Of course, we could just reduce our use. Cutting demand would lower prices as well, but asking an American to not use their car is a lot like asking a drug addict not to use their drugs.

12 comments:

Kvatch said...

Of course, we could just reduce our use. Cutting demand would lower prices as well, but asking an American to not use their car is a lot like asking a drug addict not to use their drugs.

Well said. I once visited some friends in LA, and for a dinner we were cooking we needed supplies. I offered to walk to the store to get them ('bout three blocks), and my friend said, "Don't be ridiculous. Nobody walks in LA." This is the pernicious attitude that needs to change.

spooky said...

I'm inclined to agree with you. Iraq, for whatever reason(s) we invaded, has been fruitless. Withdrawal need be slow, but steady.
Iran is not a threat now or in the near future. We can't afford a war with them as we do not have enough soldiers to do another invasion/gov change while still in Iraq. It is not plausible. An air strike is not needed and will be terrorist provoking in my opinion.
I have become obsessed with the idea of corn fuel lately because my government vehicle can run on it, but the only place nearby that sells it is in Greenville, for under 2.00 a gallon. I really don't care about the price so much as I do about getting the middle eastern oil monkey off our backs. It could be $4.00 a gallon and i would use it. I don't think the big company's will move twords something so obvious until there is no more money to be made on strait oil.

Lew Scannon said...

The problem with corn fuel, is that it requires as much petroleum to produce it as is saved. Fertilizers and weed killers are all petroleum based. as are most tractors and harvesting machines. It isn't about replacing one addiction with another, rather it's about changing a lifestyle that isn't sustainable into one that is.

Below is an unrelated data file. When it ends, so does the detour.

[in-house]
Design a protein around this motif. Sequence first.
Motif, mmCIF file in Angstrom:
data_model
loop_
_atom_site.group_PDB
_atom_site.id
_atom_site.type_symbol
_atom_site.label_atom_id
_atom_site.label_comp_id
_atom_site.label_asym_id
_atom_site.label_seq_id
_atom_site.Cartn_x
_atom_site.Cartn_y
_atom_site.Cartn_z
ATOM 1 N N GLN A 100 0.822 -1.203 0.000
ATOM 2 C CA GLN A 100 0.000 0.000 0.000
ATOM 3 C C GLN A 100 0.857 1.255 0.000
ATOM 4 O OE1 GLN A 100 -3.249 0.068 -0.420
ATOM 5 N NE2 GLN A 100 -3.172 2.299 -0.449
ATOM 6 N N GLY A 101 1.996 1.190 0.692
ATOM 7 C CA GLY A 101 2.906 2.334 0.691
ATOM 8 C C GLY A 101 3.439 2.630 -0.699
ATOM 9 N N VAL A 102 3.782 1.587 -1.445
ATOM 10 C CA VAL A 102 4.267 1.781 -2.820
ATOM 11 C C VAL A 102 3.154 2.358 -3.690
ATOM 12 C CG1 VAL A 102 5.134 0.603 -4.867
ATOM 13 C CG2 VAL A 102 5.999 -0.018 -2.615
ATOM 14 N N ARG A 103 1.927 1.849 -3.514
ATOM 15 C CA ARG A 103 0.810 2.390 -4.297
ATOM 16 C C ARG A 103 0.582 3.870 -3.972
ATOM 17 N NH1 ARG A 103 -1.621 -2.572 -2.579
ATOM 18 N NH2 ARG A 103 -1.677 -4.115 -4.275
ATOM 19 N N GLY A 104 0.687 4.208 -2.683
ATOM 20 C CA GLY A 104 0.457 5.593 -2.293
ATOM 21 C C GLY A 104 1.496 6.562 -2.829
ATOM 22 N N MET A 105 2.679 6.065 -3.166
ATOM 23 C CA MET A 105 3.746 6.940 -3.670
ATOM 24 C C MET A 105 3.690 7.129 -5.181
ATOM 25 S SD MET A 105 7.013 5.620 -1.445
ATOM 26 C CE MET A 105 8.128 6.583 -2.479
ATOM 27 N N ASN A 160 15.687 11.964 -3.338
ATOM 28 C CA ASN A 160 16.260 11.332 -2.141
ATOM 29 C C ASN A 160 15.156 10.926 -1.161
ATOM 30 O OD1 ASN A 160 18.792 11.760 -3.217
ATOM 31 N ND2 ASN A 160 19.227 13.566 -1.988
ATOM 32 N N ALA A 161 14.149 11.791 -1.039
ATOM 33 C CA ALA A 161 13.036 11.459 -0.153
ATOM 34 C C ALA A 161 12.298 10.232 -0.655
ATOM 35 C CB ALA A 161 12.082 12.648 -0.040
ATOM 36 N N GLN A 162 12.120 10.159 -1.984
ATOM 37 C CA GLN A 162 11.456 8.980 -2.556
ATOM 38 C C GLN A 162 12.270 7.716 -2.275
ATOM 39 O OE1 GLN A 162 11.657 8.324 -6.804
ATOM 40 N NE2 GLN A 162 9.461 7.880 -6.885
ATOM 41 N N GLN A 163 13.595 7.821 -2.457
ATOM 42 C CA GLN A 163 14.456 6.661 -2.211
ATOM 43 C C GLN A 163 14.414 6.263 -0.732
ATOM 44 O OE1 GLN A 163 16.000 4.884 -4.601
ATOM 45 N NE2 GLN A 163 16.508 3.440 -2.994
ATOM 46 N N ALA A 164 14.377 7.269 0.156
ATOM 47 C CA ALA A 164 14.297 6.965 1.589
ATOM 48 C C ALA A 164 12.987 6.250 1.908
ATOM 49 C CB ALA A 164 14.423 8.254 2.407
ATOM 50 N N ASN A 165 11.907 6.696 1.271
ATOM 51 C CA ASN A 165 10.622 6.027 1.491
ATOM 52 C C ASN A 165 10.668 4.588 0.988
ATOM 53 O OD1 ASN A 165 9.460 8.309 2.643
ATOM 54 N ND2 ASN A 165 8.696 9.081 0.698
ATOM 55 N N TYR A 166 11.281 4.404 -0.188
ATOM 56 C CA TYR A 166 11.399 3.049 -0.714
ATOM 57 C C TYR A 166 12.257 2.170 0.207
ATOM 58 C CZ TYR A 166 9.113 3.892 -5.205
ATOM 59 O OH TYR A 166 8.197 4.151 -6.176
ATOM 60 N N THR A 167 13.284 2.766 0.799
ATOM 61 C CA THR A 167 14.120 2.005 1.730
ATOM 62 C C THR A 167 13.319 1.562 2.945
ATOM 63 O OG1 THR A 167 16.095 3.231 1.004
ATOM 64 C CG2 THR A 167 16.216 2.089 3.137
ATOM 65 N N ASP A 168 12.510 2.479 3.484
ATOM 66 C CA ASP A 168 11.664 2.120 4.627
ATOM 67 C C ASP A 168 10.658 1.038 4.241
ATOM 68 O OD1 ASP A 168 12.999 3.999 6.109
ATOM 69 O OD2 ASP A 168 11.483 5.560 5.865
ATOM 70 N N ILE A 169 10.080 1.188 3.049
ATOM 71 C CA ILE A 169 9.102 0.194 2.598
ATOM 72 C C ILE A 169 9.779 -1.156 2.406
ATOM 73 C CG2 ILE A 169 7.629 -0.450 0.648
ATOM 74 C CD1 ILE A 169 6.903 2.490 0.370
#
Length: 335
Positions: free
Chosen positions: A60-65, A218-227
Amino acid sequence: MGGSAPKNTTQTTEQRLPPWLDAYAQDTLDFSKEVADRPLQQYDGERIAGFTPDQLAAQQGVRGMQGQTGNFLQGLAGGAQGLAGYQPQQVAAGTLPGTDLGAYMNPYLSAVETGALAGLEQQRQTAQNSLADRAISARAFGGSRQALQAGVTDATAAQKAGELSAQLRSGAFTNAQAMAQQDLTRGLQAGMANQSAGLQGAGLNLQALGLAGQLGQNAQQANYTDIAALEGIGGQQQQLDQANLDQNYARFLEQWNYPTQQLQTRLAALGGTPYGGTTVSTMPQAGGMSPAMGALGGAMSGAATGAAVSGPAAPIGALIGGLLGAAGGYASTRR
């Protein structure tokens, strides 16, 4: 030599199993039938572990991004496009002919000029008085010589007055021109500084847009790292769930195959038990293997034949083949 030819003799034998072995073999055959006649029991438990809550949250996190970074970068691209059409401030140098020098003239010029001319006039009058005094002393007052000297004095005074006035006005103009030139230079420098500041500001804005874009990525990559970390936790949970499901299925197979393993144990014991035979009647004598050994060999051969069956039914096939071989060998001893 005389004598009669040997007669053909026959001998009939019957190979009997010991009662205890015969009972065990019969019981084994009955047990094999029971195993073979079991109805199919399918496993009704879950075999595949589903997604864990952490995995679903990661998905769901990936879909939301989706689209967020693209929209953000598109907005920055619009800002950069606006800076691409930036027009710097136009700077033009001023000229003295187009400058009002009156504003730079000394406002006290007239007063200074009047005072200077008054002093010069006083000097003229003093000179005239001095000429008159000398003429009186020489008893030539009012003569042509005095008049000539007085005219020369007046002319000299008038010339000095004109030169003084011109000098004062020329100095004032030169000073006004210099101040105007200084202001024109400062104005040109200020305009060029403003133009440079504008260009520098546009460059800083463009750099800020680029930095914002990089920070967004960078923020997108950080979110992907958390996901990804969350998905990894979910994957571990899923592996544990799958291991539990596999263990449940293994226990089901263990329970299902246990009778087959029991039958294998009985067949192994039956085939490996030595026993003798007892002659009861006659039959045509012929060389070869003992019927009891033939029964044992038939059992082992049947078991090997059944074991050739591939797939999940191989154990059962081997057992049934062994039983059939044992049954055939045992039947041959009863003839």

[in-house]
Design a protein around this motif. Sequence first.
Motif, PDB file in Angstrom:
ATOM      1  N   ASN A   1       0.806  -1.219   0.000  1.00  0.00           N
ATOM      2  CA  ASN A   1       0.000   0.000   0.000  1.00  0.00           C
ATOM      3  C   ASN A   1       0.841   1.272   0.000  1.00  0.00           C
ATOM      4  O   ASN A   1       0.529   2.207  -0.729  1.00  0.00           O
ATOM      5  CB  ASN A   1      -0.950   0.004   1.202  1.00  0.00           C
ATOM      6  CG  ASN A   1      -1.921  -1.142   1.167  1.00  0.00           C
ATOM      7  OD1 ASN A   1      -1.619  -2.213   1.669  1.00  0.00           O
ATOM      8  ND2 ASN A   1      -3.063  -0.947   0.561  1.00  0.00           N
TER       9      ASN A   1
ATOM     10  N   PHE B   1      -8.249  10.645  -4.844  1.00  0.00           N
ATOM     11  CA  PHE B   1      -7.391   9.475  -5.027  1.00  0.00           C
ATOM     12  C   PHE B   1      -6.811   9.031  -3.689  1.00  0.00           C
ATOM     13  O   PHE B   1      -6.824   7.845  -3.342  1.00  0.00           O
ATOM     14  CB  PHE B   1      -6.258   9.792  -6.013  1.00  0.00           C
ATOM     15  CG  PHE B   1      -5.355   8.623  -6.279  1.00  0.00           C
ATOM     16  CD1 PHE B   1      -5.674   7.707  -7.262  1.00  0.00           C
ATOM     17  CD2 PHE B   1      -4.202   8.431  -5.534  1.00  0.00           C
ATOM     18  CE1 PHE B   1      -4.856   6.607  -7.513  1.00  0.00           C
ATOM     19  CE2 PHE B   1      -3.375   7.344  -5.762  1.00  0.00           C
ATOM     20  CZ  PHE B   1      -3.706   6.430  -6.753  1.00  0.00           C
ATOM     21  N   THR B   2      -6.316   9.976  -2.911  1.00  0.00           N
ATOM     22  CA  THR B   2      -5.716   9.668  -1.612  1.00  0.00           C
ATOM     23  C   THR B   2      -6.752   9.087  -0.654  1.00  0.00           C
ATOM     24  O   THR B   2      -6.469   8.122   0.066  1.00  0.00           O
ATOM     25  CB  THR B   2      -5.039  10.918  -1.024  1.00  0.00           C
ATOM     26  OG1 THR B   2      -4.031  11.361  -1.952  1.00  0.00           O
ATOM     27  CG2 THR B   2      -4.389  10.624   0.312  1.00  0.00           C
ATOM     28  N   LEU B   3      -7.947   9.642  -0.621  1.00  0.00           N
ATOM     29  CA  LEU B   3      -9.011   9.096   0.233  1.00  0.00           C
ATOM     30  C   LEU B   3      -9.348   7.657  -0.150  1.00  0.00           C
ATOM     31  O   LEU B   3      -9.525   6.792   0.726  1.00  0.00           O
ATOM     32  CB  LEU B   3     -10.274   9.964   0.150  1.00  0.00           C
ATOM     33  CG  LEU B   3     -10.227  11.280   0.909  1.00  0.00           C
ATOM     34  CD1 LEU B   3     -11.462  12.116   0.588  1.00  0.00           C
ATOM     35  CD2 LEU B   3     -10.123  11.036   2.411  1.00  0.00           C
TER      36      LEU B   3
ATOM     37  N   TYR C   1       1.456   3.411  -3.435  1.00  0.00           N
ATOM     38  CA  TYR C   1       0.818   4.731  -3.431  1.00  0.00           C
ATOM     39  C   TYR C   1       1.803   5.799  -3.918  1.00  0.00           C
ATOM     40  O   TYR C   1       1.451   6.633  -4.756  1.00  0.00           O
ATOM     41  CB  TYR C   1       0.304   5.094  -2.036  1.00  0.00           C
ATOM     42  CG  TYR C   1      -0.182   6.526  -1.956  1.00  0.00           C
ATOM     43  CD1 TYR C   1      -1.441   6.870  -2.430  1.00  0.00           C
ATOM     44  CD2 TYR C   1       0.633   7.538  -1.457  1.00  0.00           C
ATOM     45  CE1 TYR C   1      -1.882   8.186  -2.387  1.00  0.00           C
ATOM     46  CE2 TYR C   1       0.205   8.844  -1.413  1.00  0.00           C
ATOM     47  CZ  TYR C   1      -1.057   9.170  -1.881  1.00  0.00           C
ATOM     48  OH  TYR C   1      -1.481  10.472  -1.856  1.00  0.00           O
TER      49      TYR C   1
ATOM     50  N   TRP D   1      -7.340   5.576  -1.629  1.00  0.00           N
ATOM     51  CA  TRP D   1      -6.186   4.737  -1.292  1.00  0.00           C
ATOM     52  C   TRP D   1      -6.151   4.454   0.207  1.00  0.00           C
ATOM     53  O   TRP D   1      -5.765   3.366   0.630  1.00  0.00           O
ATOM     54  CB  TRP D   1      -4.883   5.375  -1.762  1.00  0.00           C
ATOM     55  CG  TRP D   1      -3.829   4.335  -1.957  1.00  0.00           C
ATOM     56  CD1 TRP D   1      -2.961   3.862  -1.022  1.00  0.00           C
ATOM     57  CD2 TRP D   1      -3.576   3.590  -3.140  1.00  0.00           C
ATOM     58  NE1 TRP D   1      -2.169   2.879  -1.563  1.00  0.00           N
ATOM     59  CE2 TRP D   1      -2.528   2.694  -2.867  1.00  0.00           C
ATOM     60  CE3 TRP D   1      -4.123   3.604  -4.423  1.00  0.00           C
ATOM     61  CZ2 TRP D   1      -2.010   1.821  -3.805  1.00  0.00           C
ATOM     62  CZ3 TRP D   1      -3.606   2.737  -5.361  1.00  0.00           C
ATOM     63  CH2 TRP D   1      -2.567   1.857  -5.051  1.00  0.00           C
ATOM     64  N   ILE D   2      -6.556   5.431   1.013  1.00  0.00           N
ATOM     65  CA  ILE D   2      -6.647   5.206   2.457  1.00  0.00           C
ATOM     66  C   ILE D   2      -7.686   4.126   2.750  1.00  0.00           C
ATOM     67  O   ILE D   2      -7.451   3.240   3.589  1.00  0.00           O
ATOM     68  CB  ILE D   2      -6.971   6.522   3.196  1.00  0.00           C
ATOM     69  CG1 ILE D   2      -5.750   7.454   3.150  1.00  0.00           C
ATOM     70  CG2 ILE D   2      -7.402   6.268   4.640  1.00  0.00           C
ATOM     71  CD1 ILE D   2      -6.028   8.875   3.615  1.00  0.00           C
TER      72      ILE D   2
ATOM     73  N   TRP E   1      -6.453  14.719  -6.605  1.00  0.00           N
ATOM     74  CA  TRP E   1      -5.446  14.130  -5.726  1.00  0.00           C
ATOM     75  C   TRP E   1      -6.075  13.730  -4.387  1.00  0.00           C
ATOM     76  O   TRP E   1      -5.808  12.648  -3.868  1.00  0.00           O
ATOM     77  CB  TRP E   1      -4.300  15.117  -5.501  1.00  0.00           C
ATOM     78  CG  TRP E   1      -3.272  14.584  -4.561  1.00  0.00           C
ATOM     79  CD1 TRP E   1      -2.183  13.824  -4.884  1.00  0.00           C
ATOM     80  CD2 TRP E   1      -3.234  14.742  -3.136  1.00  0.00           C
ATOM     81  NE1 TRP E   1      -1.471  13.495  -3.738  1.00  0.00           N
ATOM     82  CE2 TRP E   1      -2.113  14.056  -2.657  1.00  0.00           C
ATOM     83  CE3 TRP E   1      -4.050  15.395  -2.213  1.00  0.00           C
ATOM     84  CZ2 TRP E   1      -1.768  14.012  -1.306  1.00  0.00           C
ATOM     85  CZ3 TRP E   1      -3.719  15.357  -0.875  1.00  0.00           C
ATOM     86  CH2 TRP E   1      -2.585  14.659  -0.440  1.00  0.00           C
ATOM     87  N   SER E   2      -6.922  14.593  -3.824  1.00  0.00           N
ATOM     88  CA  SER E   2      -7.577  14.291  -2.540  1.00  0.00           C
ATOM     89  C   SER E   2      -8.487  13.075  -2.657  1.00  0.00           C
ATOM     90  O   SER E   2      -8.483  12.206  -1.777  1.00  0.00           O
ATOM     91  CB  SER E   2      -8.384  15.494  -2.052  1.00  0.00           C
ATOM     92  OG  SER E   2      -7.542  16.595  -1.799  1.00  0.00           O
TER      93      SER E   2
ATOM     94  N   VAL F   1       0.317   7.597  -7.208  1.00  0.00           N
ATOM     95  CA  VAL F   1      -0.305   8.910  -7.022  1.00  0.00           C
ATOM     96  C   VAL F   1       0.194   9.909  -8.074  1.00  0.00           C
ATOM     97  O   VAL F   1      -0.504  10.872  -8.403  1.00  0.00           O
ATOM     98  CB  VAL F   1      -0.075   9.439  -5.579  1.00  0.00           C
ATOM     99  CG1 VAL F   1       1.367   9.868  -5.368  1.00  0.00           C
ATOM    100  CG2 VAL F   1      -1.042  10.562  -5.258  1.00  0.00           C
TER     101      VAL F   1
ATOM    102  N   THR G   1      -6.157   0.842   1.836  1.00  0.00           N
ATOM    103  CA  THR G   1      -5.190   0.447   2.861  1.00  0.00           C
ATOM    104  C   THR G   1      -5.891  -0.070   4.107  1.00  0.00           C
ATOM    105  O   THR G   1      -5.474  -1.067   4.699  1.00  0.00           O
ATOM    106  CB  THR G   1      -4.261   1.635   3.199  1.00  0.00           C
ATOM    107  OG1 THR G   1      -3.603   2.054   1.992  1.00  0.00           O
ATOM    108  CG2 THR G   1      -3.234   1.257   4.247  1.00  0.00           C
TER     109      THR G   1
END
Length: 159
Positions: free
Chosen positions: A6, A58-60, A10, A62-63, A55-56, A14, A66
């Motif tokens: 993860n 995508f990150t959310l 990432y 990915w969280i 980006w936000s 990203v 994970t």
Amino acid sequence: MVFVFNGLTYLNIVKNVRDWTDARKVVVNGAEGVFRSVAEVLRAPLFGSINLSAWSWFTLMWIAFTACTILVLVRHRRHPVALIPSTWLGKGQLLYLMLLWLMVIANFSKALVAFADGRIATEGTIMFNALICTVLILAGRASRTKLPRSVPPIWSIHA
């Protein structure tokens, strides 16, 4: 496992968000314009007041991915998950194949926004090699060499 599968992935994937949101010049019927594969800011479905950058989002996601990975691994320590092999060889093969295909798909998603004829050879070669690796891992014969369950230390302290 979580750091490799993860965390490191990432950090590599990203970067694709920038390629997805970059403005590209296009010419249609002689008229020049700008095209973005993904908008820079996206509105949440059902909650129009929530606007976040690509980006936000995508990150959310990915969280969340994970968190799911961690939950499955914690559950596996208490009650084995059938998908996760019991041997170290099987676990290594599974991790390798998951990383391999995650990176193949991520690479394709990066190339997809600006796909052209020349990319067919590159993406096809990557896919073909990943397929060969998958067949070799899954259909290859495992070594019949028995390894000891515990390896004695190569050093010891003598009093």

GraemeAnfinson said...

i have always somewhat liked Mr. Paul. I wonder how he can still stay in the Republican party?

Peacechick Mary said...

I really wanted the 100 bucks so I could donate it to anyone who opposes the war. As for walking, we just got sidewalks along a busy highway and I now see a few using it. One small step.

Lily said...

Cut the nonsense, and still give me a hundred bucks in the form of cutting just ONE pork barrel provision from the next spending bill.

Spooky it is ironic that your government vehicle can run on alternative fuels, and my government vehicle (back in the day, before I became a private sector bleeding heart)was a gas guzzling Pathfinder bought by a "liberal". Nice car on the taxpayer's dime, we thought.

Rex Kramer, Danger Seeker said...

Wait a second...this guy is a REPUBLICAN?!?

I'm sorry, but isn't treason still a crime in this country?

The Coveted Thong of helen Thomas said...

Rex you creep.

Neil Shakespeare said...

I'm burnin' wood...

Lew Scannon said...

Neil,
A wood burning car! What a great idea!

romunov said...

" As is asking the government to tax the oil companies who are reaping record profits at a time when the rest of the country is costantly being asked to make sacrifices."
Can you say fascism?

Snave said...

Lots of people used to walk in L.A., or at least take the excellent public transit system they once had there... until GM bought it up and scrapped it, according to what I've read and heard. That paved the way for L.A. to become the land of the automobile.

The last time Bush sent us "tax relief" checks, we spent the money in Canada, on purpose. It would have been better to do as Peacenik Mary suggests, but we weren't thinking then.

The Coveted Thong of Helen Thomas: I think that is one of the greatest names I have ever seen! LOL

I have a great deal of respect for Rep. Paul. I'm guessing there might be a body bag waiting for him somewhere, with the toe tag and death certificate already filled out.